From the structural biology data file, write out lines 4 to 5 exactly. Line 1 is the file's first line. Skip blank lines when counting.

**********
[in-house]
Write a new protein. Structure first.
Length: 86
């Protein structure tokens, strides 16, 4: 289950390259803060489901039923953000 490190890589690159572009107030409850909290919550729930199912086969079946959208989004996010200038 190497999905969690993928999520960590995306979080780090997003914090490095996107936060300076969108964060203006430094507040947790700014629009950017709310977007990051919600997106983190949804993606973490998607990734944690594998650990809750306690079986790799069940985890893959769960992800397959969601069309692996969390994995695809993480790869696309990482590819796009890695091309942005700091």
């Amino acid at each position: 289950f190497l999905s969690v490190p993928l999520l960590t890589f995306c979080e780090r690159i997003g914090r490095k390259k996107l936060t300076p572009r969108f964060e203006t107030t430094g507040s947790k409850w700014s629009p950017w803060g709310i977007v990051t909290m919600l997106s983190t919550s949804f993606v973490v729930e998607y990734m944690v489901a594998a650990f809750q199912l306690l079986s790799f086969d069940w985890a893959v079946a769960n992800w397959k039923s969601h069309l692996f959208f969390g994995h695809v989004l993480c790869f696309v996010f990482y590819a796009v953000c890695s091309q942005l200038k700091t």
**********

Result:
């Protein structure tokens, strides 16, 4: 289950390259803060489901039923953000 490190890589690159572009107030409850909290919550729930199912086969079946959208989004996010200038 190497999905969690993928999520960590995306979080780090997003914090490095996107936060300076969108964060203006430094507040947790700014629009950017709310977007990051919600997106983190949804993606973490998607990734944690594998650990809750306690079986790799069940985890893959769960992800397959969601069309692996969390994995695809993480790869696309990482590819796009890695091309942005700091």
């Amino acid at each position: 289950f190497l999905s969690v490190p993928l999520l960590t890589f995306c979080e780090r690159i997003g914090r490095k390259k996107l936060t300076p572009r969108f964060e203006t107030t430094g507040s947790k409850w700014s629009p950017w803060g709310i977007v990051t909290m919600l997106s983190t919550s949804f993606v973490v729930e998607y990734m944690v489901a594998a650990f809750q199912l306690l079986s790799f086969d069940w985890a893959v079946a769960n992800w397959k039923s969601h069309l692996f959208f969390g994995h695809v989004l993480c790869f696309v996010f990482y590819a796009v953000c890695s091309q942005l200038k700091t």